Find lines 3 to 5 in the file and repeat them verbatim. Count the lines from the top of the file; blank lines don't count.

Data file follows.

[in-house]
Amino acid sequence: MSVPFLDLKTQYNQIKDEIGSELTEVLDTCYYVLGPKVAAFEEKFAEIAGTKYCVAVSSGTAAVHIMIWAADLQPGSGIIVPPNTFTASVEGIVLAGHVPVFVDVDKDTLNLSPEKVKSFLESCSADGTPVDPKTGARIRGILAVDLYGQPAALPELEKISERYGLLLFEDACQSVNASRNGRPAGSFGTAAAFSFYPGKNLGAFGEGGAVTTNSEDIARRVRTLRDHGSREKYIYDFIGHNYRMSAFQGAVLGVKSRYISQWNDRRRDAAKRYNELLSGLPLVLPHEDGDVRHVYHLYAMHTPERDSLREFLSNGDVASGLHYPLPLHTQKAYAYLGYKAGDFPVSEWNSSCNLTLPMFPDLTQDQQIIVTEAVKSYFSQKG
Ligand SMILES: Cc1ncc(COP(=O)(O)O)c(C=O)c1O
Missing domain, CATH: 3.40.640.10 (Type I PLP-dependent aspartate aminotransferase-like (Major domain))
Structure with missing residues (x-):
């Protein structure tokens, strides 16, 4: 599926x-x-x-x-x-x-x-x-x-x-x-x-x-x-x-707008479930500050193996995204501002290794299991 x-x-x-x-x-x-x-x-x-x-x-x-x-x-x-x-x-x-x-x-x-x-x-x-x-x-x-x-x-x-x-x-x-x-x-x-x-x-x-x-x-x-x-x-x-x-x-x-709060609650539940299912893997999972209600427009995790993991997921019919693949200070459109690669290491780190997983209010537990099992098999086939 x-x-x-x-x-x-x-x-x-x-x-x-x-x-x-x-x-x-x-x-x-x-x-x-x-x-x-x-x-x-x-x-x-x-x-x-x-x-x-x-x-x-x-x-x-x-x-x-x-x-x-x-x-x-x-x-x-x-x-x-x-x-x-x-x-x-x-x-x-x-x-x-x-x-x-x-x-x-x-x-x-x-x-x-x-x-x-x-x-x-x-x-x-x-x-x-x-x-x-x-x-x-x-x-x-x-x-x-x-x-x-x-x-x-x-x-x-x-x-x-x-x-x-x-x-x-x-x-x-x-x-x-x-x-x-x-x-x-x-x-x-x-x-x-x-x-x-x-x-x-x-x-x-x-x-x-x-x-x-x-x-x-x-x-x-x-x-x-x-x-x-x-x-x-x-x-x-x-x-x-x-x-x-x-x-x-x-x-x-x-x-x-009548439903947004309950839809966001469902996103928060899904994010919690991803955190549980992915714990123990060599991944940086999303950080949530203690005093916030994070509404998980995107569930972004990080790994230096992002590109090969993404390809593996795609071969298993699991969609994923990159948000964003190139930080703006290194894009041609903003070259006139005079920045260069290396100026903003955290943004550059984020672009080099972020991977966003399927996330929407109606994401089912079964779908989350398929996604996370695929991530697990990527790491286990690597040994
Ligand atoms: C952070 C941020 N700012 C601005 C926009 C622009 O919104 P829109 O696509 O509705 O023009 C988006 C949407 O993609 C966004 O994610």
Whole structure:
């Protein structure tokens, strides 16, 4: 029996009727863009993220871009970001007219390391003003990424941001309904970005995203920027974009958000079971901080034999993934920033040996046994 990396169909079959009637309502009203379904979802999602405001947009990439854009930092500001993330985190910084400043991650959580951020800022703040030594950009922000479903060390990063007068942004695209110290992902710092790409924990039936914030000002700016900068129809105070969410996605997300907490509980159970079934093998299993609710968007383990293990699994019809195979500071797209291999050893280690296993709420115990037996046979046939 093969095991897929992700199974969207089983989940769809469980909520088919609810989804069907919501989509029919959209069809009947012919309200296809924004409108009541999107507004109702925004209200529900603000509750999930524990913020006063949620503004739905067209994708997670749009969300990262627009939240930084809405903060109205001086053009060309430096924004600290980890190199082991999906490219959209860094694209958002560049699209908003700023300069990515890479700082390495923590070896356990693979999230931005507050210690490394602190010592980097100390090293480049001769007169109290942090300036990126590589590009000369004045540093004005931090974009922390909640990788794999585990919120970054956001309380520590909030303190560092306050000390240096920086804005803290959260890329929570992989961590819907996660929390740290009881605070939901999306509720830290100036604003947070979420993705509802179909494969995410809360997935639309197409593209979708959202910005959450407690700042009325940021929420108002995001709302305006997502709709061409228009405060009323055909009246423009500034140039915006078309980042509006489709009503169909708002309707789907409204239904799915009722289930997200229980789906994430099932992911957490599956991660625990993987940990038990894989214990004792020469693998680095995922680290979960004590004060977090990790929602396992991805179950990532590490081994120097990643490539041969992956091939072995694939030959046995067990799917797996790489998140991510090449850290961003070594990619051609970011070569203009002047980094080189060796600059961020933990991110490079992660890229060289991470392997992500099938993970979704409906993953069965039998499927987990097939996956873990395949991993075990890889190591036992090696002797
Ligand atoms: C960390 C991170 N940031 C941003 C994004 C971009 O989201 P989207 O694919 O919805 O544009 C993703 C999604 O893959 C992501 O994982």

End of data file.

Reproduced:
Ligand SMILES: Cc1ncc(COP(=O)(O)O)c(C=O)c1O
Missing domain, CATH: 3.40.640.10 (Type I PLP-dependent aspartate aminotransferase-like (Major domain))
Structure with missing residues (x-):